Two August Events from OPAC

Aug. 3, 2021

Old Pueblo Archaeology Center will present two online talks next month: 


What is Decolonization and Why Does it Matter? With Rowdy Duncan
August 10, 2021, 7:00 p.m. Co-hosted with Arizona Humanities Frank Talks
Free; Online via Zoom; Registration required (link below)

The history of colonialism and how to “decolonize” is a hot topic among Indigenous peoples and some scholars, including when it comes to archaeology. However, probably most members of the general public and even some professional archaeologists have no concept of why an understanding of colonialism is important. To fathom what decolonization means today, we first must understand historically what colonialism is, and how it has shaped our thinking and actions. In the Americas, who was, and who was not colonized? Colonialist thinking can permeate education, media, government policies, and our lived experiences every day. Colonialist thinking can empower some of us while disenfranchising, exploiting or marginalizing others. In what ways do we consciously or unconsciously engage in colonialist practices, beliefs, or concepts today? What steps can we take to begin to decolonize our thinking, and why does it matter? What is the cost to individuals or communities if we choose not to? What is the benefit to individuals or communities if we choose to “decolonize” our thinking and act differently? Join this interactive discussion about the impact of colonization and decolonization on the way we live and work together. Guest presenter Rowdy Duncan (Phoenix College and Anytown AZ) has worked in the field of diversity and inclusion for over a decade.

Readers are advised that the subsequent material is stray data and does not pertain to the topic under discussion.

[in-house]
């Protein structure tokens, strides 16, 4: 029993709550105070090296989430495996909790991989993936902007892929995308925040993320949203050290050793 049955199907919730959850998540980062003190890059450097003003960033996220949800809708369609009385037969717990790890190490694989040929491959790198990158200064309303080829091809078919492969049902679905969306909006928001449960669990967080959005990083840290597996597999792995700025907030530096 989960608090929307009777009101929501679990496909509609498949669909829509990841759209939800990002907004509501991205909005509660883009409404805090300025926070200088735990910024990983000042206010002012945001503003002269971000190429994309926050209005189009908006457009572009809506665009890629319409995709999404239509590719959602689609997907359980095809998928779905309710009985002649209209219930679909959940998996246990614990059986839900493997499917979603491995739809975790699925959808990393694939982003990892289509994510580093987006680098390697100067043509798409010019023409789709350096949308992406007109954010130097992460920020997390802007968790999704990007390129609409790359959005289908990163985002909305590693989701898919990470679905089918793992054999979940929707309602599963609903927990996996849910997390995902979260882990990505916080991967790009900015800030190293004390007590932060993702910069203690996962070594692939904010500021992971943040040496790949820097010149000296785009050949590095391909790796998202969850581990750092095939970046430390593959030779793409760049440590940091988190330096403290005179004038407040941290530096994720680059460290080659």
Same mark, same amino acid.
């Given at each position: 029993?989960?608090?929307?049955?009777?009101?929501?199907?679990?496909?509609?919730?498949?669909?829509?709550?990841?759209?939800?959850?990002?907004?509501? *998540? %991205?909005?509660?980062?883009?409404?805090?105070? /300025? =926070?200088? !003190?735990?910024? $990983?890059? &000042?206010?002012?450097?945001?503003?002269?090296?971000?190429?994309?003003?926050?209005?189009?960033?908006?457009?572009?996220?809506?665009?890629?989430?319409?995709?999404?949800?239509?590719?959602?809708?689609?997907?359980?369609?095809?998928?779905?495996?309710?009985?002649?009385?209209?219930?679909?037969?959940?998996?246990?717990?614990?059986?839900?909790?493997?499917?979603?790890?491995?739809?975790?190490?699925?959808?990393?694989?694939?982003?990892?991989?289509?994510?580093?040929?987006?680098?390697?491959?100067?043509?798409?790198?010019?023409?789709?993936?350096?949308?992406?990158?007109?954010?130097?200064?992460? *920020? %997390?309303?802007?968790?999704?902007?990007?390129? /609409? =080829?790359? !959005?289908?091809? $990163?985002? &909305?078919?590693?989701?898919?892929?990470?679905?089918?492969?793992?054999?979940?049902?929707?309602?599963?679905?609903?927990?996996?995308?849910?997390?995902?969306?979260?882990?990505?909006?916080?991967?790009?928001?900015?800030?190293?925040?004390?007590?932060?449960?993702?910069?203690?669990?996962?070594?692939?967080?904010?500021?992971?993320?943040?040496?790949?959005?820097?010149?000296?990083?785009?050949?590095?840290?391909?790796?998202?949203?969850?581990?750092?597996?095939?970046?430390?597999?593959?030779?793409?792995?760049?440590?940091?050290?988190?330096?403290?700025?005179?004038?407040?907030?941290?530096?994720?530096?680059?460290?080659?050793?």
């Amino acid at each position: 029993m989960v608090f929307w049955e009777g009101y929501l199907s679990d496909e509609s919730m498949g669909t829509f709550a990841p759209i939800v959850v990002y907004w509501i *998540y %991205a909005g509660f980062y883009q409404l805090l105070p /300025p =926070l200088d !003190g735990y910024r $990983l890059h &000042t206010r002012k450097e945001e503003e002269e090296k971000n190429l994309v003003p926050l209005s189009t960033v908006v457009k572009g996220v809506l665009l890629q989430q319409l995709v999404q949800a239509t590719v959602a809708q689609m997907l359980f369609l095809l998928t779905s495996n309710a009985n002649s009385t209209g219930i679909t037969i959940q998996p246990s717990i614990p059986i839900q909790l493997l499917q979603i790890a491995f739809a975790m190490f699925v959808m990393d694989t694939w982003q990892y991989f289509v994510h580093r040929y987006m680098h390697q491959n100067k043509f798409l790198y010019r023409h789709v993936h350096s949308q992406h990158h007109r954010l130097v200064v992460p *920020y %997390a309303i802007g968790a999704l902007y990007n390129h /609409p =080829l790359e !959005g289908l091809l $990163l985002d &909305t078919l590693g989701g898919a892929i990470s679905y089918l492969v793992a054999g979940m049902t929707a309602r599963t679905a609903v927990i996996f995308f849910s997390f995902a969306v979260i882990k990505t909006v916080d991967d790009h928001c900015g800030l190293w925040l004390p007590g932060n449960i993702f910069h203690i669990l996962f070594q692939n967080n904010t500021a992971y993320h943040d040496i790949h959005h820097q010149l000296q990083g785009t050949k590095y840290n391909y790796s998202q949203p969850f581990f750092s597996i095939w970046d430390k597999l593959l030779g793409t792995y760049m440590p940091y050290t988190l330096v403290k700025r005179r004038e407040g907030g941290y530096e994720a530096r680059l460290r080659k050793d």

Register at


Copper Artifacts

Pre-Hispanic Copper Artifacts Recovered from New Mexico Mimbres Archaeological Sites. With Christopher Adams
August 19, 2021, 7:00–8:30 p.m.
Free; Online via Zoom; Registration required (link below)

In 2009, the discovery of a native copper nugget on a Classic Mimbres site located on the Gila National Forest in southwestern New Mexico initiated an archaeological investigation to determine whether there were more native copper nuggets or copper artifacts in the Mimbres area of the national forest. This preliminary investigation involved conducting archaeological surveys of a small sample of sites in the Mimbres area of the Gila National Forest, using the latest metal-sensing technology available and documenting the distribution of identified copper nuggets and artifacts.

This presentation will highlight the results of the metal-sensing survey. More importantly, however, it will focus on the ancient exploitation of natural and worked copper nuggets, and fragmented, crushed, and complete copper artifacts including bells, fetishes, and other items discovered recently adjacent to Mimbres pithouses and Classic Mimbres pueblo sites dating between 950 and 1130.

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Anthro News Digest date: 07/09/2021